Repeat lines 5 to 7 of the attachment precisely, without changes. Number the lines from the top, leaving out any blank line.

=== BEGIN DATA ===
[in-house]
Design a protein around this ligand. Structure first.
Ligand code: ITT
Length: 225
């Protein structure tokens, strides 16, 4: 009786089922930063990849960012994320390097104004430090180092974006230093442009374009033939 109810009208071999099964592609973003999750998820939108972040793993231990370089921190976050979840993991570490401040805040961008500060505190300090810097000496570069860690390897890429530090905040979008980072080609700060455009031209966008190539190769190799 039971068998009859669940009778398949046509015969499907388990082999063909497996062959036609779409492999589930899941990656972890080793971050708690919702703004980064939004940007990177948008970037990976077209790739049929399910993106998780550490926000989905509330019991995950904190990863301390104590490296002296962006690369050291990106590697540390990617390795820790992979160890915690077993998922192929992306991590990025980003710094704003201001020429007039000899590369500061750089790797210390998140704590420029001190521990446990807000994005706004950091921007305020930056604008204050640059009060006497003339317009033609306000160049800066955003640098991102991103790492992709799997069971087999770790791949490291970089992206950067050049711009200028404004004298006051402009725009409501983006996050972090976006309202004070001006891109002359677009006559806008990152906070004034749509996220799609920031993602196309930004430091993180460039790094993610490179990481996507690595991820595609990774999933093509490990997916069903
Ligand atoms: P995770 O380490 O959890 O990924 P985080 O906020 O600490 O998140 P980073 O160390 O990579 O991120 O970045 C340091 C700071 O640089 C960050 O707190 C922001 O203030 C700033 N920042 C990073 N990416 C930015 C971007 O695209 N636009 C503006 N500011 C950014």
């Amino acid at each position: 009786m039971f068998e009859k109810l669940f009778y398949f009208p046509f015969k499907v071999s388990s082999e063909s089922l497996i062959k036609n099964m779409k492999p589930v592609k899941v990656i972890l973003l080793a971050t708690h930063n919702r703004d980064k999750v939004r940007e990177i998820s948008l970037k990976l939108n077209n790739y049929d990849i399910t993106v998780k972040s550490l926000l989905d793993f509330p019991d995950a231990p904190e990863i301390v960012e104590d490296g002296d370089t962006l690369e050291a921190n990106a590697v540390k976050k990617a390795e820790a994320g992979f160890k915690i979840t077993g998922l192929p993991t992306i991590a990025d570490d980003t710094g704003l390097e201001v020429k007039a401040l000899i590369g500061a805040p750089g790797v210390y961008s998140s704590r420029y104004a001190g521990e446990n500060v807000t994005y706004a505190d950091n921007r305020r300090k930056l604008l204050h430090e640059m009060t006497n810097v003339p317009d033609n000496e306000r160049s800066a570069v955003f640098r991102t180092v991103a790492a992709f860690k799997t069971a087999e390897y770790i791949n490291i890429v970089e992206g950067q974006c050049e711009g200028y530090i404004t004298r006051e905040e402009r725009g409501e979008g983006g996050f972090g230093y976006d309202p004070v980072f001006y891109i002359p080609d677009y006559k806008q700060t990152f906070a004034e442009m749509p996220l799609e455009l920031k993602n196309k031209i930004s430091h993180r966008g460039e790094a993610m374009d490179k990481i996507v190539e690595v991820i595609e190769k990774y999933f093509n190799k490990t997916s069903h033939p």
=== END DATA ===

């Protein structure tokens, strides 16, 4: 009786089922930063990849960012994320390097104004430090180092974006230093442009374009033939 109810009208071999099964592609973003999750998820939108972040793993231990370089921190976050979840993991570490401040805040961008500060505190300090810097000496570069860690390897890429530090905040979008980072080609700060455009031209966008190539190769190799 039971068998009859669940009778398949046509015969499907388990082999063909497996062959036609779409492999589930899941990656972890080793971050708690919702703004980064939004940007990177948008970037990976077209790739049929399910993106998780550490926000989905509330019991995950904190990863301390104590490296002296962006690369050291990106590697540390990617390795820790992979160890915690077993998922192929992306991590990025980003710094704003201001020429007039000899590369500061750089790797210390998140704590420029001190521990446990807000994005706004950091921007305020930056604008204050640059009060006497003339317009033609306000160049800066955003640098991102991103790492992709799997069971087999770790791949490291970089992206950067050049711009200028404004004298006051402009725009409501983006996050972090976006309202004070001006891109002359677009006559806008990152906070004034749509996220799609920031993602196309930004430091993180460039790094993610490179990481996507690595991820595609990774999933093509490990997916069903
Ligand atoms: P995770 O380490 O959890 O990924 P985080 O906020 O600490 O998140 P980073 O160390 O990579 O991120 O970045 C340091 C700071 O640089 C960050 O707190 C922001 O203030 C700033 N920042 C990073 N990416 C930015 C971007 O695209 N636009 C503006 N500011 C950014």
């Amino acid at each position: 009786m039971f068998e009859k109810l669940f009778y398949f009208p046509f015969k499907v071999s388990s082999e063909s089922l497996i062959k036609n099964m779409k492999p589930v592609k899941v990656i972890l973003l080793a971050t708690h930063n919702r703004d980064k999750v939004r940007e990177i998820s948008l970037k990976l939108n077209n790739y049929d990849i399910t993106v998780k972040s550490l926000l989905d793993f509330p019991d995950a231990p904190e990863i301390v960012e104590d490296g002296d370089t962006l690369e050291a921190n990106a590697v540390k976050k990617a390795e820790a994320g992979f160890k915690i979840t077993g998922l192929p993991t992306i991590a990025d570490d980003t710094g704003l390097e201001v020429k007039a401040l000899i590369g500061a805040p750089g790797v210390y961008s998140s704590r420029y104004a001190g521990e446990n500060v807000t994005y706004a505190d950091n921007r305020r300090k930056l604008l204050h430090e640059m009060t006497n810097v003339p317009d033609n000496e306000r160049s800066a570069v955003f640098r991102t180092v991103a790492a992709f860690k799997t069971a087999e390897y770790i791949n490291i890429v970089e992206g950067q974006c050049e711009g200028y530090i404004t004298r006051e905040e402009r725009g409501e979008g983006g996050f972090g230093y976006d309202p004070v980072f001006y891109i002359p080609d677009y006559k806008q700060t990152f906070a004034e442009m749509p996220l799609e455009l920031k993602n196309k031209i930004s430091h993180r966008g460039e790094a993610m374009d490179k990481i996507v190539e690595v991820i595609e190769k990774y999933f093509n190799k490990t997916s069903h033939p």